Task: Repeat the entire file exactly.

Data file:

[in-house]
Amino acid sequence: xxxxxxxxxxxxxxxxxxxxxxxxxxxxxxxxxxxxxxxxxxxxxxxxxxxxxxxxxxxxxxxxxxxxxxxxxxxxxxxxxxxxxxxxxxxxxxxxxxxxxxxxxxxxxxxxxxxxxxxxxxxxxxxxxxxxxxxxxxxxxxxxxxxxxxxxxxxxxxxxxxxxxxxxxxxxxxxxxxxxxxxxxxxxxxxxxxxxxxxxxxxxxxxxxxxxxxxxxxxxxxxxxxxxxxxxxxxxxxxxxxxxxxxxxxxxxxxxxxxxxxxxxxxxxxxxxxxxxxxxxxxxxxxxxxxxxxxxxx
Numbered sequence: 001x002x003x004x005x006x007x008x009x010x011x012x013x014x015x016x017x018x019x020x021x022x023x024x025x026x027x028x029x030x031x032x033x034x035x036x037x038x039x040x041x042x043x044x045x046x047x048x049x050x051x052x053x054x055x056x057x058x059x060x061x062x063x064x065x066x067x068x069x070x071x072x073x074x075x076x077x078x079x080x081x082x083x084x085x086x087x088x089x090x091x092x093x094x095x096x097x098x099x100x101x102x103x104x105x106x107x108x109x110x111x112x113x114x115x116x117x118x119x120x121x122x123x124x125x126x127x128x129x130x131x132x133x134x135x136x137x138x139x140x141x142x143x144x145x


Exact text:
[in-house]
Amino acid sequence: xxxxxxxxxxxxxxxxxxxxxxxxxxxxxxxxxxxxxxxxxxxxxxxxxxxxxxxxxxxxxxxxxxxxxxxxxxxxxxxxxxxxxxxxxxxxxxxxxxxxxxxxxxxxxxxxxxxxxxxxxxxxxxxxxxxxxxxxxxxxxxxxxxxxxxxxxxxxxxxxxxxxxxxxxxxxxxxxxxxxxxxxxxxxxxxxxxxxxxxxxxxxxxxxxxxxxxxxxxxxxxxxxxxxxxxxxxxxxxxxxxxxxxxxxxxxxxxxxxxxxxxxxxxxxxxxxxxxxxxxxxxxxxxxxxxxxxxxxx
Numbered sequence: 001x002x003x004x005x006x007x008x009x010x011x012x013x014x015x016x017x018x019x020x021x022x023x024x025x026x027x028x029x030x031x032x033x034x035x036x037x038x039x040x041x042x043x044x045x046x047x048x049x050x051x052x053x054x055x056x057x058x059x060x061x062x063x064x065x066x067x068x069x070x071x072x073x074x075x076x077x078x079x080x081x082x083x084x085x086x087x088x089x090x091x092x093x094x095x096x097x098x099x100x101x102x103x104x105x106x107x108x109x110x111x112x113x114x115x116x117x118x119x120x121x122x123x124x125x126x127x128x129x130x131x132x133x134x135x136x137x138x139x140x141x142x143x144x145x